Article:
There were some limitations in our study. Firstly, this retrospective study is subject to selection bias due to inherent limitations in sample selection and data collection. Secondly, the regimens for preoperative treatment were different. Finally, some factors, including comorbidities and gene signatures, were not enrolled in our study. Despite the limitations above, we revealed the relationship between clinical evaluation (RECIST 1.1) and pathological evaluation (Mandard TRG) directly, which was rare in previous studies. Furthermore, we innovatively incorporated clinical and pathological evaluation into a single variable and focused on exploring the impact of inconsistent evaluation results on prognosis.


This real-world study demonstrated that concurrent clinical and pathological response might predict a favorable prognosis for patients with GC, whereas a single clinical or pathological response could not if they are contradictory. Moreover, pathological assessment (TRG) was in poor agreement with clinical assessment (RECIST 1.1), and cN stage, vascular or lymphatic invasion and pre-CA724 were identified as independent factors for OS in LAGC patients. Further studies with a larger sample size are needed to confirm our findings.

Data Availability

The datasets used and/or analyzed during the current study are available from the corresponding author on reasonable request.


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All authors made substantial contributions to the intellectual content of this paper.


This work was supported by the grant from Beijing Hope Run Special Fund of Cancer Foundation of China (LC2022A29).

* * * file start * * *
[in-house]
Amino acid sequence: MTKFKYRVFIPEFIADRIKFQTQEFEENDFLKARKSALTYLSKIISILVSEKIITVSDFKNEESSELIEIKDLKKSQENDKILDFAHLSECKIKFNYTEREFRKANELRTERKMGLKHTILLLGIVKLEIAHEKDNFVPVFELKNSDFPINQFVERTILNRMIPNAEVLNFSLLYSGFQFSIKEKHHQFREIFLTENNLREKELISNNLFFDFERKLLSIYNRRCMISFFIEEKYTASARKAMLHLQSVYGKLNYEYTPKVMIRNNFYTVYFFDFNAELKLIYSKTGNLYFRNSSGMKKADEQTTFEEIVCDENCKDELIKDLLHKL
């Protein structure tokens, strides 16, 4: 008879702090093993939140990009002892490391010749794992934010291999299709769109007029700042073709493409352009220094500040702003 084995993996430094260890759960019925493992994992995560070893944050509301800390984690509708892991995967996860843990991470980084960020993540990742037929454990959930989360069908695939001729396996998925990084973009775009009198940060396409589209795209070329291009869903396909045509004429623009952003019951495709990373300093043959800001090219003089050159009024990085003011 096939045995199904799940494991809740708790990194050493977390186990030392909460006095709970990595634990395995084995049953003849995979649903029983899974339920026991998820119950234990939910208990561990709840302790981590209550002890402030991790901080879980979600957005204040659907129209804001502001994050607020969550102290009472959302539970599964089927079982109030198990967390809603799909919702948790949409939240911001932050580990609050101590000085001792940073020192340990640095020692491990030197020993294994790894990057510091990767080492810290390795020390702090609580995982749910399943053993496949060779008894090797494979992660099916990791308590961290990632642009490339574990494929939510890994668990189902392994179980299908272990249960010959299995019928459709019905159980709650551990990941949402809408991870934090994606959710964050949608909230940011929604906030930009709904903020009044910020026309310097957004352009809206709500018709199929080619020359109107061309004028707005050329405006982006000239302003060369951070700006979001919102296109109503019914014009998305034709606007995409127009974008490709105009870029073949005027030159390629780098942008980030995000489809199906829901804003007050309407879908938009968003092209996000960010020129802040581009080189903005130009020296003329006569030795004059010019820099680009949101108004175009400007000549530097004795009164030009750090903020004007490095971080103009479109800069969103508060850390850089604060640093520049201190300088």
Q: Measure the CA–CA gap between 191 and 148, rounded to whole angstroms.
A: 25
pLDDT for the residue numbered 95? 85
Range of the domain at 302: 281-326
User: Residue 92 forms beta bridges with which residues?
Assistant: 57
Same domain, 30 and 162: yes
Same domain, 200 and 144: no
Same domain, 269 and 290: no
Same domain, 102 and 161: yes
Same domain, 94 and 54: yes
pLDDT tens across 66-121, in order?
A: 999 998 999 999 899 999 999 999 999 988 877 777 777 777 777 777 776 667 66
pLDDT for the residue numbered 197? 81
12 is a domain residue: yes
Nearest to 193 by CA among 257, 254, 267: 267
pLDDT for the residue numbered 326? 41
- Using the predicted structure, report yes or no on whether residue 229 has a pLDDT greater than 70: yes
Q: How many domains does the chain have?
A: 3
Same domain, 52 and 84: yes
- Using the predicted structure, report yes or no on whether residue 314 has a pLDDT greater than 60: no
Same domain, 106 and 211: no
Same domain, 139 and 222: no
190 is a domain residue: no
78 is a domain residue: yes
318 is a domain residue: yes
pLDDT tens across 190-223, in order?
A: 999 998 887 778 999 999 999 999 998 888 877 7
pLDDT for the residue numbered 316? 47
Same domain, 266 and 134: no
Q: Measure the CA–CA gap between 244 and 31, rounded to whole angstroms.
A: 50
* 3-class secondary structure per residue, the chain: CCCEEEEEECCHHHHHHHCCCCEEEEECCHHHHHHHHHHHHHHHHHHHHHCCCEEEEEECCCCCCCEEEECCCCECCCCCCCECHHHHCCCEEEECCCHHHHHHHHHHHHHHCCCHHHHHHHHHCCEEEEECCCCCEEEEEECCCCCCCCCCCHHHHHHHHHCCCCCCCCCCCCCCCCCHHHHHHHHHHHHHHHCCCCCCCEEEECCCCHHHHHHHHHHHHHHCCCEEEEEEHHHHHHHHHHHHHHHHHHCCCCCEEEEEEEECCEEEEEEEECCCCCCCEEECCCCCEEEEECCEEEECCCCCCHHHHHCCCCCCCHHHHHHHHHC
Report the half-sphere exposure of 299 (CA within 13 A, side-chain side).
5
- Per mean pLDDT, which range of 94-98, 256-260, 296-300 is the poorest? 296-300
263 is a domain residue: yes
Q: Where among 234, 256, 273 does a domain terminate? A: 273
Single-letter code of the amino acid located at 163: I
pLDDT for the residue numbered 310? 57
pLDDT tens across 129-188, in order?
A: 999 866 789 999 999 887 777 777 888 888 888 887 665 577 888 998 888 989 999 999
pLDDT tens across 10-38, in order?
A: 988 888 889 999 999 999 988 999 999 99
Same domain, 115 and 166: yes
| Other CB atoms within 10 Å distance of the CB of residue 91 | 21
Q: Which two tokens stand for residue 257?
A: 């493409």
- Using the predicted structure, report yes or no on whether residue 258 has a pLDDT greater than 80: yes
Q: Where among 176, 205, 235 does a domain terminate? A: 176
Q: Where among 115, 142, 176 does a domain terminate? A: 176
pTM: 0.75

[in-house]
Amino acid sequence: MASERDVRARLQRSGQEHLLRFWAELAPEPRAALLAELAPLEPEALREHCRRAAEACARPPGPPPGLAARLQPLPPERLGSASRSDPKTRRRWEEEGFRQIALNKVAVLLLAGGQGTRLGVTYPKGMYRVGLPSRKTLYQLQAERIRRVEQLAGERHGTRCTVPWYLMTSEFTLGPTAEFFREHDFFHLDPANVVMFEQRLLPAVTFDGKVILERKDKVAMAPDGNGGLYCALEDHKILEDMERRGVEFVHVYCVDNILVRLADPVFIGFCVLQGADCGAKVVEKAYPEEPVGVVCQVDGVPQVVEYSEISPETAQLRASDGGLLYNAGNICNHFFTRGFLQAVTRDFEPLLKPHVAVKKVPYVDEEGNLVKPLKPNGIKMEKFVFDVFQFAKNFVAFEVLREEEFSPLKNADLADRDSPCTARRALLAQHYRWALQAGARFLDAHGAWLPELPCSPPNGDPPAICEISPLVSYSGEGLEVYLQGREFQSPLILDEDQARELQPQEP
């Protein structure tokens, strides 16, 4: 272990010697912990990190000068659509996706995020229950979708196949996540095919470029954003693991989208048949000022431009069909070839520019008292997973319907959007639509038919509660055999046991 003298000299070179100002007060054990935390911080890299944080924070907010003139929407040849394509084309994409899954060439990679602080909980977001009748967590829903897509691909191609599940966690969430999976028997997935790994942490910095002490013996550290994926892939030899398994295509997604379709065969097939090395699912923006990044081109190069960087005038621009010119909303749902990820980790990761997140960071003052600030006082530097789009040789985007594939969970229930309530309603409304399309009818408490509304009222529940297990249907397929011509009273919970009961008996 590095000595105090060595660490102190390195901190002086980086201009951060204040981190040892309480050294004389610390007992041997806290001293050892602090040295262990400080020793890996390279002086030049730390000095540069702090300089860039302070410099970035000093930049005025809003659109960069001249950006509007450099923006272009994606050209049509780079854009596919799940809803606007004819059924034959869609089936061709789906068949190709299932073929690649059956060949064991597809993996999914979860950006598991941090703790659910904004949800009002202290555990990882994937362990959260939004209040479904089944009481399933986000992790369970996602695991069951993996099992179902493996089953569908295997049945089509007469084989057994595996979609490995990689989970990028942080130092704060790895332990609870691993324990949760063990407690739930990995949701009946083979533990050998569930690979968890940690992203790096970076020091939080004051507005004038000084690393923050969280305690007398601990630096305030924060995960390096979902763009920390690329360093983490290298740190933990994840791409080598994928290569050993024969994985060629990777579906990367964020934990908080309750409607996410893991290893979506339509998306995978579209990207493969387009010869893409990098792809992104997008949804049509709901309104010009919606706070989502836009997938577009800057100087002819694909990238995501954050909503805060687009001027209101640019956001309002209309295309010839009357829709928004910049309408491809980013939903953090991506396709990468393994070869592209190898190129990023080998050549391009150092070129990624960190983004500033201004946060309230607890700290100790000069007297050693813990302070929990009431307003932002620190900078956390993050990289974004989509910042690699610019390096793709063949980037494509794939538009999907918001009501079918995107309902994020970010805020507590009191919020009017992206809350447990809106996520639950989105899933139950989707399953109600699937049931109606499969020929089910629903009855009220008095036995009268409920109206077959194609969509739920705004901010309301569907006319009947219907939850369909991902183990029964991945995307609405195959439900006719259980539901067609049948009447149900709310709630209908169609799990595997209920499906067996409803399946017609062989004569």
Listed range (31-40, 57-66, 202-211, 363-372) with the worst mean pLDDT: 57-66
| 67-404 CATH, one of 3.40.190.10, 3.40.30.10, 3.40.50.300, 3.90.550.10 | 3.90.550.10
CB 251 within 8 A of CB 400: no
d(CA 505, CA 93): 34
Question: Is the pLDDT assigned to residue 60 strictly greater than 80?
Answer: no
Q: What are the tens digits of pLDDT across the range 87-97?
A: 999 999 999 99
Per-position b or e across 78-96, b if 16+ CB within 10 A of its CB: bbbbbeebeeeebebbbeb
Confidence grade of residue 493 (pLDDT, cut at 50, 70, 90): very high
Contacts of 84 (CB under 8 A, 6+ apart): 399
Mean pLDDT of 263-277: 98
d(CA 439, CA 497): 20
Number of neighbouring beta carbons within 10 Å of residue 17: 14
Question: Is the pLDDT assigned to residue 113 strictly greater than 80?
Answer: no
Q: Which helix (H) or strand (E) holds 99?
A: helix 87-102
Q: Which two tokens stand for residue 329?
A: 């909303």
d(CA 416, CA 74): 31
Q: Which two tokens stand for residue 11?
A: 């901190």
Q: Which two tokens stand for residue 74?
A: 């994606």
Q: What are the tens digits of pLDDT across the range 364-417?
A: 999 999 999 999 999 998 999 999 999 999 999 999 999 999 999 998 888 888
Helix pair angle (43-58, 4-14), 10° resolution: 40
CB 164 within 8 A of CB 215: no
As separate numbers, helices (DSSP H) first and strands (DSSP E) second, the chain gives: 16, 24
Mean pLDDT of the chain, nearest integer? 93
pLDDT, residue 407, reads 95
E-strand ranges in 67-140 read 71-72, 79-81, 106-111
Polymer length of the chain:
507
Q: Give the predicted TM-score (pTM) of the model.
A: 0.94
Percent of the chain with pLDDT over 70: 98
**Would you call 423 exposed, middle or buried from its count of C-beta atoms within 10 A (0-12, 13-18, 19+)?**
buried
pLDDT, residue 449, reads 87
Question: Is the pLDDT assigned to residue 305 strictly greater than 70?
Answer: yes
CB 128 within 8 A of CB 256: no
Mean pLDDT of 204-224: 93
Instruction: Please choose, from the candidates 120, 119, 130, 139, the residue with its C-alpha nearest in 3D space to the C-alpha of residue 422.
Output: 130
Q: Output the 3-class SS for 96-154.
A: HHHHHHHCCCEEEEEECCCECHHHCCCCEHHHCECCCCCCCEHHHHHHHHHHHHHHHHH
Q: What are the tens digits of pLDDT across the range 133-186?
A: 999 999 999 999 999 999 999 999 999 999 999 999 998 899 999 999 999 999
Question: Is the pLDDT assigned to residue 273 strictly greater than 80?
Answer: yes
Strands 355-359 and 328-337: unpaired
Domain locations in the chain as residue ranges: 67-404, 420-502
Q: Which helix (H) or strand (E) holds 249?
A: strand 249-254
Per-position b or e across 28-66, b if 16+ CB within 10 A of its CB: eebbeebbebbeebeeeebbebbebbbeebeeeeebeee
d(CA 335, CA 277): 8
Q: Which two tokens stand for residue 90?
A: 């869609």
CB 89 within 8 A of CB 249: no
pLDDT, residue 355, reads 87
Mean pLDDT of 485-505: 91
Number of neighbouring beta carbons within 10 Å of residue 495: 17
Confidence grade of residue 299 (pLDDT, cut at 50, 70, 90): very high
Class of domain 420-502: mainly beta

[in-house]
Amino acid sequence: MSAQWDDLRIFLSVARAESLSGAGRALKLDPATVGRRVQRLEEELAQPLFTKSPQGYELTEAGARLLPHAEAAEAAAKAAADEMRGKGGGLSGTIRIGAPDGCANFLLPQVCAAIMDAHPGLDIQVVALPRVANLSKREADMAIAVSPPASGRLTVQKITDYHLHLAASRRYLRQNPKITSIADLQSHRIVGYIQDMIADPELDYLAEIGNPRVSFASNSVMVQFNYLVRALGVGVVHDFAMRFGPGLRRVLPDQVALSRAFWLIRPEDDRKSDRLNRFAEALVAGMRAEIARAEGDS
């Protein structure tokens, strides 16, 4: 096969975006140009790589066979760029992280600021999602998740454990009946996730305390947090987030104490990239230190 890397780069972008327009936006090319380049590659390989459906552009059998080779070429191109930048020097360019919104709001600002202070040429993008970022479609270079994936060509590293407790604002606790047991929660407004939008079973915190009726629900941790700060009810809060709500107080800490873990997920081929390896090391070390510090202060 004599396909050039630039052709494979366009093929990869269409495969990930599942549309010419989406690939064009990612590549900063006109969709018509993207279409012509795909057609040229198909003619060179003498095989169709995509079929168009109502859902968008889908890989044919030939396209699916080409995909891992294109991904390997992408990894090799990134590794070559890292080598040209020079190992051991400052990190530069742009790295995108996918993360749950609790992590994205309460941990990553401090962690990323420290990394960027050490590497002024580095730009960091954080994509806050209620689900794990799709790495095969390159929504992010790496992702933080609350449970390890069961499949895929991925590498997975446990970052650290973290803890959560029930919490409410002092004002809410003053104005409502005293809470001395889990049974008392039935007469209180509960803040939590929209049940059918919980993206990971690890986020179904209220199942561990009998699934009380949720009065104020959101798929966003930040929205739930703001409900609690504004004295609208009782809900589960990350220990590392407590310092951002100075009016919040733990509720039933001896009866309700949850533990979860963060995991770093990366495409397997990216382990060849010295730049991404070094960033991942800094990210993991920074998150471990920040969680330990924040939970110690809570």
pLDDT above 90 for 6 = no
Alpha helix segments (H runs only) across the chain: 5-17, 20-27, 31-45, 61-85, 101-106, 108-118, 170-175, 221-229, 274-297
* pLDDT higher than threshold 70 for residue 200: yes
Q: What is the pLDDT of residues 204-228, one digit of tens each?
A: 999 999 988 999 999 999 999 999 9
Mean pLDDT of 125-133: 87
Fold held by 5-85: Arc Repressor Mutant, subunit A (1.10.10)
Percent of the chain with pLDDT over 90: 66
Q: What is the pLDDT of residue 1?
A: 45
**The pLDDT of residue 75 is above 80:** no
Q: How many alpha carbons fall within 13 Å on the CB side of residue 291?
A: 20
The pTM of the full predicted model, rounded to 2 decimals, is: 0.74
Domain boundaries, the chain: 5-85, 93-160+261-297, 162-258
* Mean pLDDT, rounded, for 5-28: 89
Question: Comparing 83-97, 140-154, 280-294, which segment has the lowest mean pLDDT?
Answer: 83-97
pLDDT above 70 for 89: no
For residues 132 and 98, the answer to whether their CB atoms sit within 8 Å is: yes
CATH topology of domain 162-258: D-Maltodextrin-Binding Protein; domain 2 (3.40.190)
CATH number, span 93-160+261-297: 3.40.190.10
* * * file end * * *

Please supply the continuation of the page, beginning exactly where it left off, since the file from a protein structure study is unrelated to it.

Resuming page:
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Authors and Affiliations



Chongyuan Sun, Penghui Niu, Dongbing Zhao, and Yingtai Chen designed the analysis. Xiaojie Zhang, Wanqing Wang were involved in data selection, data curation and literature review. Xiaoyi Luan and Xue Han contributed to the formal analysis and investigation. All authors contributed to writing the manuscript and editing and have approved the final manuscript.

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Correspondence to Yingtai Chen or Dongbing Zhao.

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The study was conducted in accordance with the principles of the Declaration of Helsinki, and the study protocol was approved by the ethics committee of National Cancer Center/National Clinical Research Center for Cancer/Cancer Hospital, Chinese Academy of Medical Sciences and Peking Union Medical College. Because of the retrospective nature of the study, patients’ informed consent for inclusion was waived by the ethics committee of National Cancer Center/National Clinical Research Center for Cancer/Cancer Hospital, Chinese Academy of Medical Sciences and Peking Union Medical College (No. 17–156/1412).

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Sun, C., Niu, P., Zhang, X. et al. Concurrent clinical and pathological response predicts favorable prognosis of patients with gastric cancer after neoadjuvant therapy: a real-world study. BMC Cancer 23, 996 (2023).